French vs. British colonies

posted in: Research Paper | 0

Respond to two classmates. Responses be minimum of 100 words for each response.

Classmate 1

French vs. British colonies

While both the French and British nations’ colonies had successful trade with the Native Americans of the time, how they went about establishing their colonies was quite different. When the French came to settle in America, they limited their colonies to only Catholic settlers (Shi 110). Whereas the British allowed more religious freedom to their settlers. The French emigrated to America by order of the crown and were under “absolute rule” of the French crown. Again, the English settlers were granted more freedom and were allowed to self-govern in their individual colonies, providing they followed English law while doing so (Colonization and Settlement). Due to their strict rules, the French colonies were far fewer in numbers than the English colonies. According to the text, the population of New France in the 1660’s was less than the small British colony of Rhode Island (Shi 110).

The British colonies were larger in numbers and focused more on farming, fishing and trading. The French focused on fur trading as it was more profitable, although their government did encourage more farming efforts. Harsh winters took their toll on the French colonies and those in charge new they needed to rely on help from the Native Americans. The French were successful in establishing strong alliances with the neighboring tribes. They assigned people to learn the languages and ways of the indigenous people and had them marry into their families as well (Shi 110). This effort strengthened the alliance with the Native Americans, but did not do much in the way of growing their colonies.

The British colonies may have started out relatively peaceful with the Native Americans, but as greed took over, British colonies quickly started showing blatant disregard for the indigenous people and their land. Even after the British bested the French during the French and Indian war, the French “handed over” land that did not belong to them as a part of “The Treaty of Paris.” The British king established the Royal Proclamation of 1763, stating that the land to the west of the Appalachians belonged to the Native Americans and the white settlers were not to disturb them. Even though the King sent soldiers to ensure compliance, it was unsuccessful and the settlers continued to steal land without respect for the current inhabitants (Shi 124-125).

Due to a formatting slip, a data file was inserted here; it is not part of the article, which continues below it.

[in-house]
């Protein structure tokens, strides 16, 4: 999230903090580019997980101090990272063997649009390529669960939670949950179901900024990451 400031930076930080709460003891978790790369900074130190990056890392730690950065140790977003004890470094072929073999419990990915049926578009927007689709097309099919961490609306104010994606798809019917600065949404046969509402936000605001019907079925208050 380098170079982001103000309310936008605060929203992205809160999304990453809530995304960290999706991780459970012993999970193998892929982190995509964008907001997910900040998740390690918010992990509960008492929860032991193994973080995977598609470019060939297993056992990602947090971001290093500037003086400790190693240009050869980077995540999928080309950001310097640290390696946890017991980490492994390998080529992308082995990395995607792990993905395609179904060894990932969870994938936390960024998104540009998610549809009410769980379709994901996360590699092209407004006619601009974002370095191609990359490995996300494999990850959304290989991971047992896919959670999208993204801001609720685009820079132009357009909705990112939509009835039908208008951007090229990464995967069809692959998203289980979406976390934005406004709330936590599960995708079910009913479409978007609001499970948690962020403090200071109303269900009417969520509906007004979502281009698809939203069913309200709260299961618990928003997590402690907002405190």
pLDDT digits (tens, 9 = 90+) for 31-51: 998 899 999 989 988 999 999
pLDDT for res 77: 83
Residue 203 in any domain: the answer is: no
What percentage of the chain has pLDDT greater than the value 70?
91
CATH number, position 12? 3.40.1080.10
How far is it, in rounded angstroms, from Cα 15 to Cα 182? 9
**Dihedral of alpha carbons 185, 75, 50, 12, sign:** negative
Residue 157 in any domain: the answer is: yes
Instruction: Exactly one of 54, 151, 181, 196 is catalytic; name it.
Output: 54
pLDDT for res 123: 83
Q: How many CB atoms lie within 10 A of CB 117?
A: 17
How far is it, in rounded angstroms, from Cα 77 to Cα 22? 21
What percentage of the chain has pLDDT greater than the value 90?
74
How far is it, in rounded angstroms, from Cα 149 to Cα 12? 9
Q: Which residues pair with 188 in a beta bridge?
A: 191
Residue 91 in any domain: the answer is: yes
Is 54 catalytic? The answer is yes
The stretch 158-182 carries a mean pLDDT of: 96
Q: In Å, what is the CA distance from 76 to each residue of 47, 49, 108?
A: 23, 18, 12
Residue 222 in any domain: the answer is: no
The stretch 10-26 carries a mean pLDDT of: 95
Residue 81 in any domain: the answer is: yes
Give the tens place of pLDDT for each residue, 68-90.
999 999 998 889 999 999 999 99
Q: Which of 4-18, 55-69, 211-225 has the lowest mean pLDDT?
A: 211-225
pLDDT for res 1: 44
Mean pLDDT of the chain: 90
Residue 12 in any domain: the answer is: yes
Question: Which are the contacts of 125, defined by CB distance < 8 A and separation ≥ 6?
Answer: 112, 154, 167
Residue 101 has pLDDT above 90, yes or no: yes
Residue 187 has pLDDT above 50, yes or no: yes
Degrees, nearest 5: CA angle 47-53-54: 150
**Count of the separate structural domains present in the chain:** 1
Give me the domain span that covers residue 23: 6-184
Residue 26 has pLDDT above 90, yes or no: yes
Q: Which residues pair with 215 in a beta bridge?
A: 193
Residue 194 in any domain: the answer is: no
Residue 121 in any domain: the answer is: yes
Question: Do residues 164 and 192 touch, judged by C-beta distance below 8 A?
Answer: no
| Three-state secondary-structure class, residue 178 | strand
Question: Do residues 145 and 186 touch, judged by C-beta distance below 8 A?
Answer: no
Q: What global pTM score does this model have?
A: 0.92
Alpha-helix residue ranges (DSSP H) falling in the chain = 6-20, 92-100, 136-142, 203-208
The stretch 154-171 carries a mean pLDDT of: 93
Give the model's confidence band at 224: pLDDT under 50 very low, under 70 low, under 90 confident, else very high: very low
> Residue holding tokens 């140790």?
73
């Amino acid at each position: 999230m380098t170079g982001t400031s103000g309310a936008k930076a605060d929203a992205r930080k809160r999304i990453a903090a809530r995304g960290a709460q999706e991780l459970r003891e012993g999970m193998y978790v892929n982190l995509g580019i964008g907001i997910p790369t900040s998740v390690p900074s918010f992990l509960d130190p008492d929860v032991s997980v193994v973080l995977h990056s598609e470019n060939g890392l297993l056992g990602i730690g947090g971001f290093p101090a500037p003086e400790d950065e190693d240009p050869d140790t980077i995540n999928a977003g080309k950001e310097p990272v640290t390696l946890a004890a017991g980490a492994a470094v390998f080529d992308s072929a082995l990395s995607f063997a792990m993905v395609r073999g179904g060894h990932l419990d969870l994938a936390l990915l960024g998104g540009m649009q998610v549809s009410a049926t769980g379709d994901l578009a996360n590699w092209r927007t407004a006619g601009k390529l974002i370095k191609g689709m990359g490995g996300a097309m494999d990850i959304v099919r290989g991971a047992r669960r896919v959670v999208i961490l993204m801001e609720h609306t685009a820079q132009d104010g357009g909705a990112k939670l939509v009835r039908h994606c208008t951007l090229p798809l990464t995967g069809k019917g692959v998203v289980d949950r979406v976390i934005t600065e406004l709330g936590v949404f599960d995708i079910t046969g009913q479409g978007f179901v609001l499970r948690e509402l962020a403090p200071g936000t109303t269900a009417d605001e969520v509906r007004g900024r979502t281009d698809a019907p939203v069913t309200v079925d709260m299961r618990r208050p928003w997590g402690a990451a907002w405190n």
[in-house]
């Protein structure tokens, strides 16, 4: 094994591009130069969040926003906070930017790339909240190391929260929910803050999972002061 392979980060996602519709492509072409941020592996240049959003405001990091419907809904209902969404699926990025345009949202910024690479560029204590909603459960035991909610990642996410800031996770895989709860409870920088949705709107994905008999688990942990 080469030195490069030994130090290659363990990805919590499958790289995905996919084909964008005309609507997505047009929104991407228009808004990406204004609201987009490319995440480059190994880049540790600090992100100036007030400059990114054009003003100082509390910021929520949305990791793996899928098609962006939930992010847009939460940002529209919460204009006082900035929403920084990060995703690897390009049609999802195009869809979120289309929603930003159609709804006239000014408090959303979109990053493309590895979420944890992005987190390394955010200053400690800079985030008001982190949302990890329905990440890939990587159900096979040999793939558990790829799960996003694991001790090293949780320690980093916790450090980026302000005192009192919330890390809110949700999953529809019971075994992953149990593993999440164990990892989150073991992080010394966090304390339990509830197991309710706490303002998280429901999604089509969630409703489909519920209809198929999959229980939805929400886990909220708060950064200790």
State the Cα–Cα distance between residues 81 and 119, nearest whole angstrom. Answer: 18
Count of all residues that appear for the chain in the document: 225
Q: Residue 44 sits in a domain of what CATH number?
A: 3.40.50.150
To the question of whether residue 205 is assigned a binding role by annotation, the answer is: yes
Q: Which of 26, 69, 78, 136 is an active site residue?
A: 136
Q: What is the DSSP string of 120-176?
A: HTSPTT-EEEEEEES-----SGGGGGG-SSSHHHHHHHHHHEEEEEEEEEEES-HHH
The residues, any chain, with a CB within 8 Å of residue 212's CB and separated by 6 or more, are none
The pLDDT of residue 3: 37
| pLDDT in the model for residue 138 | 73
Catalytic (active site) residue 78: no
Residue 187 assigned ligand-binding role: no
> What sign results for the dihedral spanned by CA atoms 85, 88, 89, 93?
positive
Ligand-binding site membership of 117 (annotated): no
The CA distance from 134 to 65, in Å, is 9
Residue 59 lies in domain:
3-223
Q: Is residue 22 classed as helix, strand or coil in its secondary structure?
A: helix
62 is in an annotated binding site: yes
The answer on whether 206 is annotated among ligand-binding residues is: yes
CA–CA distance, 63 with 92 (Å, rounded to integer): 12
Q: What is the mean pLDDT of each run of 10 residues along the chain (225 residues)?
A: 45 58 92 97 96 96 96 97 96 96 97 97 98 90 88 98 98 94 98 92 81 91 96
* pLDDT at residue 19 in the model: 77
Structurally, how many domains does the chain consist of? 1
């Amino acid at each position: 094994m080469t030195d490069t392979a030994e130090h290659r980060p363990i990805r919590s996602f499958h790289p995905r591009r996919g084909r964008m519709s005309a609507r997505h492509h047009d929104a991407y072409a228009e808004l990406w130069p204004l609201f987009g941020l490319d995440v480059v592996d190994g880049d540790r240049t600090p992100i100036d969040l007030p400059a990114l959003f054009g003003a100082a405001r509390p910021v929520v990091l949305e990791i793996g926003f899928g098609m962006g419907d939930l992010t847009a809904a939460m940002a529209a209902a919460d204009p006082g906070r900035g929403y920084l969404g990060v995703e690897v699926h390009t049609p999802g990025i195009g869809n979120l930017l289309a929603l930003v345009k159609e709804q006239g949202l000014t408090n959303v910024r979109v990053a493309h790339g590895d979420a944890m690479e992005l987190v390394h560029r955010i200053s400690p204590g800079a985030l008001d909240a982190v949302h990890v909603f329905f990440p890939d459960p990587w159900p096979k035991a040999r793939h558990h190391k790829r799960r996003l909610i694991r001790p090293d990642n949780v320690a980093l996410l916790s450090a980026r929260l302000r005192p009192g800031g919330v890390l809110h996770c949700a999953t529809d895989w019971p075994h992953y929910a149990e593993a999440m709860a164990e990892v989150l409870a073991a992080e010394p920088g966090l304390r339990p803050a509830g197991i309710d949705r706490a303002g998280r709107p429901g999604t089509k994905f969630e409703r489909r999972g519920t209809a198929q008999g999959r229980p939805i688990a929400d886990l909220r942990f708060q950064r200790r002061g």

COLONIZATION AND SETTLEMENT (1585–1763) English, French, and Spanish Colonies: A Comparison. Facts on File Inc.,

Classmate 2

There were many challenges that the American military leaders faced during the Revolutionary war. The first issue was that the Colonies did not have a professional army with the full-time commitment to protect. Most of the American solders were citizen-solders, known as militiamen. These militiamen were “civilians called out from their farms and shops on short notice to defend their local communities… once the danger was past, they disappeared, for there were chores to do at home”(Shi, pg. 159). George Washington, the General of what became know as the Continental army, knew that they could not win a war with only using citizen soldiers. He recognized the need for a full-time professional army, which he came to realize, would be a difficult task to accomplish. Washington began recruiting members whom sometimes arrived only to “claim the $20 in cash and 100 acres of land offered by the Continental Congress to those who would enlist for three years,” (Shi, pg. 166) and “Washington and his officers soon began whipping the Continental army into shape”, (Shi, pg. 159). Another problem with obtaining troops for the Army was that many individuals sided with Britain and did not support the war against them. Eventually Washington realized that the only way to win the war with the military that was available was to outlast Britain and win the war with small surprise attacks. Britain eventually ran out of money and resources due to the dragging on of the war and Washington’s strategies were successful.

Lack of supplies was also a challenge for the American military and lead to the taking of “supplies- grain and livestock – directly from farmers in return for promises of future payment”, (Shi, pg. 159). During the winter months the army suffered from lack of clothing, which lead to extreme suffering. Lack of supplies affected also contributed to the lack of soldiers as many members went home during the winter months. One way the American military solved the issues with lack of supplies as well as troops were the alliances made with other Nations. The American militaries alliances with France, Spain, and the Netherlands was a “crucial development during the war…” as these “nations provided the American revolutionaries desperately needed money, supplies, soldiers, and warships. Ninety percent of the gunpowder used by American soldiers came from Europe,” (Shi, pg. 157). These alliances proved to be successful and helped lead the American military to winning the war.

Last Updated on